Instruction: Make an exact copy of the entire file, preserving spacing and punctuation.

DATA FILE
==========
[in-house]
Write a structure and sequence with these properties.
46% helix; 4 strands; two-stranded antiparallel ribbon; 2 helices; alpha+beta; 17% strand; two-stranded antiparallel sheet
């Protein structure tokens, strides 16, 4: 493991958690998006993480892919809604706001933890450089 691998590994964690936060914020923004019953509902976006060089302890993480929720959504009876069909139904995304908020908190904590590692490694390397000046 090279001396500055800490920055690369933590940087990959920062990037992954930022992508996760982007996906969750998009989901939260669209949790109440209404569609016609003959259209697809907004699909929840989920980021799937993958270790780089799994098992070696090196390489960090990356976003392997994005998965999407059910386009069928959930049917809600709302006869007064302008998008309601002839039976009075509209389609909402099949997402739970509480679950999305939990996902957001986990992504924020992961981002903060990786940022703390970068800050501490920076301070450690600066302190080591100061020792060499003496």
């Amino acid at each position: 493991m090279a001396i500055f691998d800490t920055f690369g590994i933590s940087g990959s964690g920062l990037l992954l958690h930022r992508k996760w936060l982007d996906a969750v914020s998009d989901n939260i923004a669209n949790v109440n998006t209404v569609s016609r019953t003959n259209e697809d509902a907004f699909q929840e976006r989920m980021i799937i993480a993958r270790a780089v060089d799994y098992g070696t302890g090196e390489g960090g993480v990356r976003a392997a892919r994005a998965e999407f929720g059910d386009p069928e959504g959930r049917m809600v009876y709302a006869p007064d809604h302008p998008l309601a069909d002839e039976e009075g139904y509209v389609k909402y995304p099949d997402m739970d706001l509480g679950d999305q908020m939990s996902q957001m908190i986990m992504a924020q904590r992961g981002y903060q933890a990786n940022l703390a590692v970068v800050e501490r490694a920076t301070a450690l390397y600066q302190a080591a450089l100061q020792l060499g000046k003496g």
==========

[in-house]
Write a structure and sequence with these properties.
46% helix; 4 strands; two-stranded antiparallel ribbon; 2 helices; alpha+beta; 17% strand; two-stranded antiparallel sheet
């Protein structure tokens, strides 16, 4: 493991958690998006993480892919809604706001933890450089 691998590994964690936060914020923004019953509902976006060089302890993480929720959504009876069909139904995304908020908190904590590692490694390397000046 090279001396500055800490920055690369933590940087990959920062990037992954930022992508996760982007996906969750998009989901939260669209949790109440209404569609016609003959259209697809907004699909929840989920980021799937993958270790780089799994098992070696090196390489960090990356976003392997994005998965999407059910386009069928959930049917809600709302006869007064302008998008309601002839039976009075509209389609909402099949997402739970509480679950999305939990996902957001986990992504924020992961981002903060990786940022703390970068800050501490920076301070450690600066302190080591100061020792060499003496």
């Amino acid at each position: 493991m090279a001396i500055f691998d800490t920055f690369g590994i933590s940087g990959s964690g920062l990037l992954l958690h930022r992508k996760w936060l982007d996906a969750v914020s998009d989901n939260i923004a669209n949790v109440n998006t209404v569609s016609r019953t003959n259209e697809d509902a907004f699909q929840e976006r989920m980021i799937i993480a993958r270790a780089v060089d799994y098992g070696t302890g090196e390489g960090g993480v990356r976003a392997a892919r994005a998965e999407f929720g059910d386009p069928e959504g959930r049917m809600v009876y709302a006869p007064d809604h302008p998008l309601a069909d002839e039976e009075g139904y509209v389609k909402y995304p099949d997402m739970d706001l509480g679950d999305q908020m939990s996902q957001m908190i986990m992504a924020q904590r992961g981002y903060q933890a990786n940022l703390a590692v970068v800050e501490r490694a920076t301070a450690l390397y600066q302190a080591a450089l100061q020792l060499g000046k003496g």